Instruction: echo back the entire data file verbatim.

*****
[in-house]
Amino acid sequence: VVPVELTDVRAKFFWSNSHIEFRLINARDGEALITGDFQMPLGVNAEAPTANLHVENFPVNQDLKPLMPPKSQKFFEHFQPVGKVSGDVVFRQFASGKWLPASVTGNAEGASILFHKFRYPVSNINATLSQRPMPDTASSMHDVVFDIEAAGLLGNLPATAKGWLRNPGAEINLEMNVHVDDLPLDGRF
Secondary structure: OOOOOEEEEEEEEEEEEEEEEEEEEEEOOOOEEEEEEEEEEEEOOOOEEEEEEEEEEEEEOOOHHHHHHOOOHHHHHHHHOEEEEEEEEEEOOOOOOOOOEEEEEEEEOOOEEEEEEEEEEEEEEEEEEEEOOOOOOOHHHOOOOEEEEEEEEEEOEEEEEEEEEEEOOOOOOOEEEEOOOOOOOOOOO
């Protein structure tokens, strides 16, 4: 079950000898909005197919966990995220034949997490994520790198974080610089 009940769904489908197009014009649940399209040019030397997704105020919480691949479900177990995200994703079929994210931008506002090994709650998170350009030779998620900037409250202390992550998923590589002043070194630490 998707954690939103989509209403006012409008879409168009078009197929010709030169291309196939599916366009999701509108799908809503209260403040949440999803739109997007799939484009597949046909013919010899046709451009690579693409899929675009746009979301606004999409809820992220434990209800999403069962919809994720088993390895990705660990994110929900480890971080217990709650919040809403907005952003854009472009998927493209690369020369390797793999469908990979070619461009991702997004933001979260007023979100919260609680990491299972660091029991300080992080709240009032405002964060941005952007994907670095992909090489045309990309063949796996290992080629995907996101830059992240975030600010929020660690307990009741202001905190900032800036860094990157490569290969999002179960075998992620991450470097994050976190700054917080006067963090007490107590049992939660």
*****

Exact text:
[in-house]
Amino acid sequence: VVPVELTDVRAKFFWSNSHIEFRLINARDGEALITGDFQMPLGVNAEAPTANLHVENFPVNQDLKPLMPPKSQKFFEHFQPVGKVSGDVVFRQFASGKWLPASVTGNAEGASILFHKFRYPVSNINATLSQRPMPDTASSMHDVVFDIEAAGLLGNLPATAKGWLRNPGAEINLEMNVHVDDLPLDGRF
Secondary structure: OOOOOEEEEEEEEEEEEEEEEEEEEEEOOOOEEEEEEEEEEEEOOOOEEEEEEEEEEEEEOOOHHHHHHOOOHHHHHHHHOEEEEEEEEEEOOOOOOOOOEEEEEEEEOOOEEEEEEEEEEEEEEEEEEEEOOOOOOOHHHOOOOEEEEEEEEEEOEEEEEEEEEEEOOOOOOOEEEEOOOOOOOOOOO
């Protein structure tokens, strides 16, 4: 079950000898909005197919966990995220034949997490994520790198974080610089 009940769904489908197009014009649940399209040019030397997704105020919480691949479900177990995200994703079929994210931008506002090994709650998170350009030779998620900037409250202390992550998923590589002043070194630490 998707954690939103989509209403006012409008879409168009078009197929010709030169291309196939599916366009999701509108799908809503209260403040949440999803739109997007799939484009597949046909013919010899046709451009690579693409899929675009746009979301606004999409809820992220434990209800999403069962919809994720088993390895990705660990994110929900480890971080217990709650919040809403907005952003854009472009998927493209690369020369390797793999469908990979070619461009991702997004933001979260007023979100919260609680990491299972660091029991300080992080709240009032405002964060941005952007994907670095992909090489045309990309063949796996290992080629995907996101830059992240975030600010929020660690307990009741202001905190900032800036860094990157490569290969999002179960075998992620991450470097994050976190700054917080006067963090007490107590049992939660």